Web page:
The cause of death of the baby born prematurely, and said to have died of Covid-19 after a two-day struggle for survival, will be investigated, the Western Cape government said on Thursday.
“We are saddened by this tragic loss of such a young life and send our deepest sympathies to the family at this time,” said Western Cape Premier Alan Winde.
“Western Cape doctors are currently investigating the case, to better understand all the details.”
Health Minister Zweli Mkhize announced the death of the baby on Wednesday evening.
The Covid-19 death toll is now at 369, the Department of Health says. The number of cases is now at 19 137 – an increase of 1 134. The Western Cape has 63.5% of the country’s cases, with a total of 12 153.
He explained that the mother and child had tested positive for Covid-19.
The two-day-old baby had suffered from lung difficulties.
Further details of the infant, and the baby’s mother, were not revealed in the grim missive.
The statement said that 235 people had died of Covid-19 in the Western Cape by 13:00 on Thursday.
The total number of cases recorded in the province at that time was 11 810, with 5 677 recoveries and 5 898 active cases. It recorded 104 347 tests.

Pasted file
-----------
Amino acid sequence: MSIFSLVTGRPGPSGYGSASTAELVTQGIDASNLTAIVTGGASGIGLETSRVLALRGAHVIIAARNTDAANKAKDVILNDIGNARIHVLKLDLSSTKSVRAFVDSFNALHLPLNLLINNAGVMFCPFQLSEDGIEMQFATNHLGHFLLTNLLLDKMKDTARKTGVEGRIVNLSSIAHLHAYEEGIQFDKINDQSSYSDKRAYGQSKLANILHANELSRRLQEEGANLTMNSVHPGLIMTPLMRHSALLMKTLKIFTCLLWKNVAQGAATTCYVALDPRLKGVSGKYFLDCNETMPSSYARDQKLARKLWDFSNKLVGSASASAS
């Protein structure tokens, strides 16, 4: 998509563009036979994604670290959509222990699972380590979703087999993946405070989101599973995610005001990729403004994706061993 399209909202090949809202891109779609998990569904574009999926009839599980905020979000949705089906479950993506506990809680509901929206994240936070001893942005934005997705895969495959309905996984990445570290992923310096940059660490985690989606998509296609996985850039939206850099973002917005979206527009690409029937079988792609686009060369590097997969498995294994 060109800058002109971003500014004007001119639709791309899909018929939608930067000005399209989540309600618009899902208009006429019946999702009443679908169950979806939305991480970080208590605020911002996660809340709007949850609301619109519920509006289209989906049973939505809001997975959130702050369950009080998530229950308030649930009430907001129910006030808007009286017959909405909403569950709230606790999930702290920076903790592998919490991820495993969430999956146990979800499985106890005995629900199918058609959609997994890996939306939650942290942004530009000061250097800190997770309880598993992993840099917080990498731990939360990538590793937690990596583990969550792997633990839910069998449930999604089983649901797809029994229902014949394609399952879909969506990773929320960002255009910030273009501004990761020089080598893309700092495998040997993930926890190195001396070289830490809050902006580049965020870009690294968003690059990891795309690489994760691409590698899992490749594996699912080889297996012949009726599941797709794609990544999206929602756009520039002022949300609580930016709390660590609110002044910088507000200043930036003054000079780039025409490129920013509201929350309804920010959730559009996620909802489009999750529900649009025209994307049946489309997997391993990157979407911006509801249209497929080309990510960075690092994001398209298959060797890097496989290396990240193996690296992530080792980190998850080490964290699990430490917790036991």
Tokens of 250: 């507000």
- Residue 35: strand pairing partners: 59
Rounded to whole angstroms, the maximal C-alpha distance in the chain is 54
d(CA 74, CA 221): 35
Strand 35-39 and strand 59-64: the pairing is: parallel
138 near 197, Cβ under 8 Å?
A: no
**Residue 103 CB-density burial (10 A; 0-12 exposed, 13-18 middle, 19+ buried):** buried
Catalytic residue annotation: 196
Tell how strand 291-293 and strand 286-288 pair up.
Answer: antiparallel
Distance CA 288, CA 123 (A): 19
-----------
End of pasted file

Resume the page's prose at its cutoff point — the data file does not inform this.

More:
The statement also included details on the cross-border transporting of people, who had died of Covid-19, for their funerals.
The cross-border transporting of bodies formed part of discussions at a high-level meeting between the Western and Eastern Cape governments, as well as national government ministers.
It was resolved that four regulatory protocols must be drafted by the two premiers and submitted to the national government for processing, and for consideration by the National Coronavirus Command Council.
The virtual meeting on Thursday included Premier Oscar Mabuyane and Winde, Cooperative Governance and Traditional Affairs Minister Nkosazana Dlamini-Zuma, Health Minister Zweli Mkhize, Police Minister Bheki Cele, Health MECs Sindiswa Gomba of the Eastern Cape and Nomafrench Mbombo of the Western Cape, and the Safety and Liaison MECs Weziwe Tikana-Gxothiwe of the Eastern Cape and Albert Fritz of the Western Cape.
The two provinces are trying to find protocols of cooperation, specifically on cross-border movement.
It is, however, not only for funerals, but also for seasonal agriculture workers, and for school children and university students expected to start going back to their institutions from 1 June onwards.
The two provinces committed to work together to manage such travel, and also to curb emerging criminality.
Mabuyane was quoted as saying that these discussions tend to reach consensus, and because they are matters of national importance, it is good that national ministers are part of the meetings.